The New Zealand First Government, for that's what it really is, has done a couple of things this week that Labour's been unable to do in its self proclaimed year of delivery, it's delivered.
The first was the forced referendum on Act's David Seymour's End of Life Choice Bill if it becomes an act after the third and final vote next week.
The whole dynamic of the euthanasia debate has now changed.
MPs at the vote in Parliament next month won't be voting for or against giving the terminally ill the right to end their lives, they'll be voting for whether the public should decide on the issue.
Winston Peters has said the issue's so important, it'll change the fabric of society, and it's too important for temporarily empowered politicians to make the decision.
If that's extrapolated, it could then be argued that politicians are generally ill equipped to make any decision at all.
It's also been argued that list MPs shouldn't have taken part in the vote this week considering they don't have constituents to poll on the issue as many of those holding a seat have.
Of course those arguments are silly.
But this issue will forever change the way we deal with life and death and it's right to put it to the public vote and if it's in favour, regardless of which party's in power, they'll be forced to enact it.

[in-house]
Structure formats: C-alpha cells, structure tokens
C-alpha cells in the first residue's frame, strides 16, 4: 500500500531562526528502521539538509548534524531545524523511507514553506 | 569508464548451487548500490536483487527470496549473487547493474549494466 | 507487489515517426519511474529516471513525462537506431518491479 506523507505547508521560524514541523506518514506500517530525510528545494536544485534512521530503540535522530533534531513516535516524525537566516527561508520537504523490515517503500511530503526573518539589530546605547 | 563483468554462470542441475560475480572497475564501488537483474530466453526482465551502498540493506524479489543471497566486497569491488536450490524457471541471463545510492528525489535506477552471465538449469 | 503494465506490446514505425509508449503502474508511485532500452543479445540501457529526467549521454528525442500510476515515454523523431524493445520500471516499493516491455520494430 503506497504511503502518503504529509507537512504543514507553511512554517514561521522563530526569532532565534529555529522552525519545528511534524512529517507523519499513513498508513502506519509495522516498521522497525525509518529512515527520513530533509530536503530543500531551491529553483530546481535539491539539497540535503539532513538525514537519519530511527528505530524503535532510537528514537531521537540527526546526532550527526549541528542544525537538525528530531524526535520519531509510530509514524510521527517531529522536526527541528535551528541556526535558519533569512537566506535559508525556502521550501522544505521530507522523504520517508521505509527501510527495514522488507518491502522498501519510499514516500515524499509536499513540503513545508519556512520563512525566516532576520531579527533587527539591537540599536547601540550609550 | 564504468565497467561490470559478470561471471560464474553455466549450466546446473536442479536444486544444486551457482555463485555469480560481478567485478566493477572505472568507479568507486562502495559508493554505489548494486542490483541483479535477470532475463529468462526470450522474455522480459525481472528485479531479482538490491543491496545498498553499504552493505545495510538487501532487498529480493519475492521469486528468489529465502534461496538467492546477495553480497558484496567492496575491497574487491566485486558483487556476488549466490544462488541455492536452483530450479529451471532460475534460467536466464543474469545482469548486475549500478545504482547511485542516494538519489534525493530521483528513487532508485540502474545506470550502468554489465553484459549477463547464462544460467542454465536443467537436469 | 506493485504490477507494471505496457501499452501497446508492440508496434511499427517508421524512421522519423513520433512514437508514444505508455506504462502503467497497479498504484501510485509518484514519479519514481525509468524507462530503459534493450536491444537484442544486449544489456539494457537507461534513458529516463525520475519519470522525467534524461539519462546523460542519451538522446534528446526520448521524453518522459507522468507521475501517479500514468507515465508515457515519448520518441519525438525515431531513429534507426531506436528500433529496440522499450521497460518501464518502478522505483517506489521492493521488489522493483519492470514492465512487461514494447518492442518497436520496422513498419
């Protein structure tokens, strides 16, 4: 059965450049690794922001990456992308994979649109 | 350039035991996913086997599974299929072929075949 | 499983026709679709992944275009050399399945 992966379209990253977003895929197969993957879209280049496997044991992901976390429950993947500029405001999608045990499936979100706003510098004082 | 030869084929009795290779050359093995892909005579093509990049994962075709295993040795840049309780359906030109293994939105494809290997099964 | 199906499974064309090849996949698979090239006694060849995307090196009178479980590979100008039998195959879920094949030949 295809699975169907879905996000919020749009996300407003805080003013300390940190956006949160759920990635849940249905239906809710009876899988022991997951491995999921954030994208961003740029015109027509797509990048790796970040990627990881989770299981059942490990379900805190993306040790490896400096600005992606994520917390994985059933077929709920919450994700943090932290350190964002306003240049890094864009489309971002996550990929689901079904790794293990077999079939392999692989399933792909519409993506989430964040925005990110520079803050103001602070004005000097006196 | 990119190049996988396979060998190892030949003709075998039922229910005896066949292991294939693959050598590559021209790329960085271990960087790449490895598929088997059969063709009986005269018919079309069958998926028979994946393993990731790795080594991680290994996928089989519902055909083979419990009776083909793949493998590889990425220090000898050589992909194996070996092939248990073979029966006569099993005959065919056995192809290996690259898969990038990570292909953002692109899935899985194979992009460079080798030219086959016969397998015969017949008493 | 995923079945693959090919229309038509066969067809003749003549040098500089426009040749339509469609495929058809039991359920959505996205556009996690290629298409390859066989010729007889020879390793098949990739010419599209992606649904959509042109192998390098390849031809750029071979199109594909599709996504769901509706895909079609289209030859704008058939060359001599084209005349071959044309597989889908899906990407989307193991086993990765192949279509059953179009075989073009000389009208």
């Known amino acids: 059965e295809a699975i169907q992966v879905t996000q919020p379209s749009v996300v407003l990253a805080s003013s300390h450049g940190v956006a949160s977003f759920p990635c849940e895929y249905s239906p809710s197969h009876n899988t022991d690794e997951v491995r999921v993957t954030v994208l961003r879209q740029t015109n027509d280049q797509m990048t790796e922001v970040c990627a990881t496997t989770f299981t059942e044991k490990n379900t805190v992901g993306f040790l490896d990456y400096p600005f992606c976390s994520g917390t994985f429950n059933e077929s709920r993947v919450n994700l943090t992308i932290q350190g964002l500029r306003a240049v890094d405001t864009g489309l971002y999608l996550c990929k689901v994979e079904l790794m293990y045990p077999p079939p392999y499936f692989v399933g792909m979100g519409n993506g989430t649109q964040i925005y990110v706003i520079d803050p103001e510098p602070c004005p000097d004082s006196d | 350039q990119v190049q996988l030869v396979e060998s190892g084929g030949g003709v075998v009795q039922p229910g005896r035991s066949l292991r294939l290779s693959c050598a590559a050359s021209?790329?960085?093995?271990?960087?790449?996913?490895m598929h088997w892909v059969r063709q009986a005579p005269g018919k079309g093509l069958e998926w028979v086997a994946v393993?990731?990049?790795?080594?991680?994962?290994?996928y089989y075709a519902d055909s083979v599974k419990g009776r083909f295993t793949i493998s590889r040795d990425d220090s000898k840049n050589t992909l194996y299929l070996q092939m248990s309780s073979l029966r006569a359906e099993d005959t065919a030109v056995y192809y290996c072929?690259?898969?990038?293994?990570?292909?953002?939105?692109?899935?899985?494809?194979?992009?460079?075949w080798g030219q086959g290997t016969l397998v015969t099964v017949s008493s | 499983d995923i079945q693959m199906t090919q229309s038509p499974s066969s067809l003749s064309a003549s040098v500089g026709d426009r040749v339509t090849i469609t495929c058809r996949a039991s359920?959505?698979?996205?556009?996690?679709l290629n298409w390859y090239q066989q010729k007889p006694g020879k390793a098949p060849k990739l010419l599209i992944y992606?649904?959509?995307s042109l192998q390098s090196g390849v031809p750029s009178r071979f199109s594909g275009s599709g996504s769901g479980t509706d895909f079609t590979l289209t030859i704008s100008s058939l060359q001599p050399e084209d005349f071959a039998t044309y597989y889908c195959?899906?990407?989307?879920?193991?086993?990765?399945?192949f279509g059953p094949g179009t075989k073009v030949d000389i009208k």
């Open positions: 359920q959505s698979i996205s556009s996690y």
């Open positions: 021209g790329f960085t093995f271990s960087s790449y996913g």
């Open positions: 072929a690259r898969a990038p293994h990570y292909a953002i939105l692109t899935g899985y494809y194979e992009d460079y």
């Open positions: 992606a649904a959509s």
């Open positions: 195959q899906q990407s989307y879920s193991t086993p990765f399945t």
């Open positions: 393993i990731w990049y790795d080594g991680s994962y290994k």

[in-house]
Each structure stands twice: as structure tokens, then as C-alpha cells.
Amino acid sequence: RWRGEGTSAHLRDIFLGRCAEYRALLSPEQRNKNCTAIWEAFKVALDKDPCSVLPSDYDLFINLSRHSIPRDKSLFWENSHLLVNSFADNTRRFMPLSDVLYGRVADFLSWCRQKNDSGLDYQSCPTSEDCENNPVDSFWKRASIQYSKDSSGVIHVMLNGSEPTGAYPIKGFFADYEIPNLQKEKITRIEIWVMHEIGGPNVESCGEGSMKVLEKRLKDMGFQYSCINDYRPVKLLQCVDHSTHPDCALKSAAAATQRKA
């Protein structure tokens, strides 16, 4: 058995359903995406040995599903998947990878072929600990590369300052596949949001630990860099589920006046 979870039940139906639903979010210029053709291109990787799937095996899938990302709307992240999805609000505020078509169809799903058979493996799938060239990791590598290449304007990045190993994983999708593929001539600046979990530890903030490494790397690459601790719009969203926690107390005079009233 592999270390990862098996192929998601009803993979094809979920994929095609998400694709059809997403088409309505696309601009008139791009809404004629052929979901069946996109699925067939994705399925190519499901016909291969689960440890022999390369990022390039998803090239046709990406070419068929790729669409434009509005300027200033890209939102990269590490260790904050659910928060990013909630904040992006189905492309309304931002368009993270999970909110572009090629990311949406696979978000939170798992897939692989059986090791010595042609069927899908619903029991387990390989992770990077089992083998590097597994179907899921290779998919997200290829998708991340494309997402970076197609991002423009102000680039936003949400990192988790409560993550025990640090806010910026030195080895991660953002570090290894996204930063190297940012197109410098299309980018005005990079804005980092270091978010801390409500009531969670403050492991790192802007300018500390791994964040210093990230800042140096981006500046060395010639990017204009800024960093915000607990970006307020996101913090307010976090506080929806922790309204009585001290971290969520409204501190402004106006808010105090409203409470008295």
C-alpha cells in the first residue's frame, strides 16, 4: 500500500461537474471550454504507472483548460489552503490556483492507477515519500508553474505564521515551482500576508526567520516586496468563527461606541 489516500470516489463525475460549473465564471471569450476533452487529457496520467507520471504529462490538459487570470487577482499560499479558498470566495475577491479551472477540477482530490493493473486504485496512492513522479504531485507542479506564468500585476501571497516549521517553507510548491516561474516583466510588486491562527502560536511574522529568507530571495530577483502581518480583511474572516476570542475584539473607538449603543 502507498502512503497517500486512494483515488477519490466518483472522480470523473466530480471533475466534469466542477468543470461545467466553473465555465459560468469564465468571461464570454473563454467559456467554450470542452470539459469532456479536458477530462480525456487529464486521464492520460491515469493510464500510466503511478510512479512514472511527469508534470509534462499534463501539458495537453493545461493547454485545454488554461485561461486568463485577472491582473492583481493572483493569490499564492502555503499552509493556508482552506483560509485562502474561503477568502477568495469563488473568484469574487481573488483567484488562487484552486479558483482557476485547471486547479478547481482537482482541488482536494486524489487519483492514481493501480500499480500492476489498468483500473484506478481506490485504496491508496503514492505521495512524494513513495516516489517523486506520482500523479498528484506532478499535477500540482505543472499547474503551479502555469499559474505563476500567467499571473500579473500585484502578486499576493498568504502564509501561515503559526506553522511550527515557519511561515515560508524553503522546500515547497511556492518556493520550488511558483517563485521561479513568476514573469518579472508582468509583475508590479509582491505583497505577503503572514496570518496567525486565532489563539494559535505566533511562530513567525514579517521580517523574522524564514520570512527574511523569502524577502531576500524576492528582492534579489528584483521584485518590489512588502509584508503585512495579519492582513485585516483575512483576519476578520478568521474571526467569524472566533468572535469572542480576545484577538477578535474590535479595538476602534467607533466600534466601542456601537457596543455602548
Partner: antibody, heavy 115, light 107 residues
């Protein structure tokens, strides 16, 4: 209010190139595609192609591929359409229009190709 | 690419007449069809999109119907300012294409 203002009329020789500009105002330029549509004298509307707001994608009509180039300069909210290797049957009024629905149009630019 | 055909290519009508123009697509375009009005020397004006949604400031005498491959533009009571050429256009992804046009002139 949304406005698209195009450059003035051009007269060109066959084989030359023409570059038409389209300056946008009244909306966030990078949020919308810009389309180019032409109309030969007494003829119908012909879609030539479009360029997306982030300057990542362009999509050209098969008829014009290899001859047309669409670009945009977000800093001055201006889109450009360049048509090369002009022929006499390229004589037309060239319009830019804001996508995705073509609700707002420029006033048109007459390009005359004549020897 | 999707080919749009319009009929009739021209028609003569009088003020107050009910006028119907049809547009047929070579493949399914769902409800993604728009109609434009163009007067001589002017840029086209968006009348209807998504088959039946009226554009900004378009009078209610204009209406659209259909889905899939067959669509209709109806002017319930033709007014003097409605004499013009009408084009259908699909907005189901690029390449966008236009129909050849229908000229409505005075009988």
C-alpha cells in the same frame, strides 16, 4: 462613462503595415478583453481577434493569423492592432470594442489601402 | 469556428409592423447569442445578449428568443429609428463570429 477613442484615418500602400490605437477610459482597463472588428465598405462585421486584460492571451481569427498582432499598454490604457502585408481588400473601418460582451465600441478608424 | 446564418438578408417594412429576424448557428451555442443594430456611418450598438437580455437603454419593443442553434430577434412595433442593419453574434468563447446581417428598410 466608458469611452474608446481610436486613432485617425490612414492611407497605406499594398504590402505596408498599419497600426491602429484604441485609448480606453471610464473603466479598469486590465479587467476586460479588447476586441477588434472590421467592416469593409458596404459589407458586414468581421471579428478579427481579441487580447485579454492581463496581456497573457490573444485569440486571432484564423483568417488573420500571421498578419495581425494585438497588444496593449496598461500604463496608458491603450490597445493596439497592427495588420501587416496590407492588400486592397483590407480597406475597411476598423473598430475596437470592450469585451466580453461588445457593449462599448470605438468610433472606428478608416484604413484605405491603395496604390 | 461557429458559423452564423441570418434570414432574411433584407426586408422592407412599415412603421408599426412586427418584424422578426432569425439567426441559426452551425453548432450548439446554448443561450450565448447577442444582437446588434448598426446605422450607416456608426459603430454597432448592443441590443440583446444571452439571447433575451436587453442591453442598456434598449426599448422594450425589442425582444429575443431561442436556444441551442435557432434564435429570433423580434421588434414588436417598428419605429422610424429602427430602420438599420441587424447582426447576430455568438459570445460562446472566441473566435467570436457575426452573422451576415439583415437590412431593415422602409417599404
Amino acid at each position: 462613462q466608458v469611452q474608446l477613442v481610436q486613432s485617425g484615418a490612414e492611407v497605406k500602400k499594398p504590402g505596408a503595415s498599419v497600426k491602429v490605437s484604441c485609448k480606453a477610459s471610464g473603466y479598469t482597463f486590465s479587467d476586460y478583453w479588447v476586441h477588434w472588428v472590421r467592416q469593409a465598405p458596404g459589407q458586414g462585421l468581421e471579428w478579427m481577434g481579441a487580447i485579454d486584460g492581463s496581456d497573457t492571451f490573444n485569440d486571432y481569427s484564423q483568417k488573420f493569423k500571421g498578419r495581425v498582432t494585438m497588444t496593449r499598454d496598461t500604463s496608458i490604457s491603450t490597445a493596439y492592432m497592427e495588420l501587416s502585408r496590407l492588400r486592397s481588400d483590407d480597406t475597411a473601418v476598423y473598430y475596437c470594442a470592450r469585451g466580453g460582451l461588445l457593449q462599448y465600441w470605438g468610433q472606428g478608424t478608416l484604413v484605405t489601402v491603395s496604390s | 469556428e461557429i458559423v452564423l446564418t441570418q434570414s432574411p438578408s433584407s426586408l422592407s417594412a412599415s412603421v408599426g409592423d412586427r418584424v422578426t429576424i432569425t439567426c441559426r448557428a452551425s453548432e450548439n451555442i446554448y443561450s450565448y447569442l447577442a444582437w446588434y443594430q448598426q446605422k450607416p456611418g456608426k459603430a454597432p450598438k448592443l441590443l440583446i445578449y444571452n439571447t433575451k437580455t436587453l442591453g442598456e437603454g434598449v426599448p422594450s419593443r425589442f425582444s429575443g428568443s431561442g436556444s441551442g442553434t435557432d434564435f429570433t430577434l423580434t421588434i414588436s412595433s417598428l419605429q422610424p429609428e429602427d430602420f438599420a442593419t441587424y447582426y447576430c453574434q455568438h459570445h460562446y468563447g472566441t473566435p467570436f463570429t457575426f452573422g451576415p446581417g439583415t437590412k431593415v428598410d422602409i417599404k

Peters is insistent the referendum will be binding.
In fairness to Labour it was a conscience vote and it wasn't theirs to deliver. Still Jacinda Ardern voted for the referendum she didn't support because she wanted the bill to survive.
But Peters' party's had another win, keeping farmers out of the Emissions Trading Scheme.
If the Climate Change Commission had its way they would have been paying what would effectively be a meat and milk tax from next year.
That's been pushed out to 2025 if it happens at all.
With great fanfare Jacinda Ardern declared it's a world first plan to reduce farm emissions.
In reality it allows farmers to control emissions themselves which they've been pretty unsuccessful at doing in the past with methane being released into the atmosphere increasing from four percent in 1990 to more than 35 percent three years ago.
Add nitrous oxide to the mix, coming mainly from urine and dung being deposited by grazing animals, and you've got the problem they now say they'll address.
If they can prove themselves, by offsetting their emissions through tree planting and the like then they'll avoid the ETS, even though Labour has insisted in the past they'd be forced to sign up to it.
Winston Peters declared the Government has listened to farmers, more like Labour's listened to him.
He reckons it's unlikely farmers will be included in the ETS.
The feisty Peters was asked whether the relieved farming community has him to thank for the announcement.
Perish the thought, and he did, saying "immodesty isn't our forte, okay."
Time for a Tui!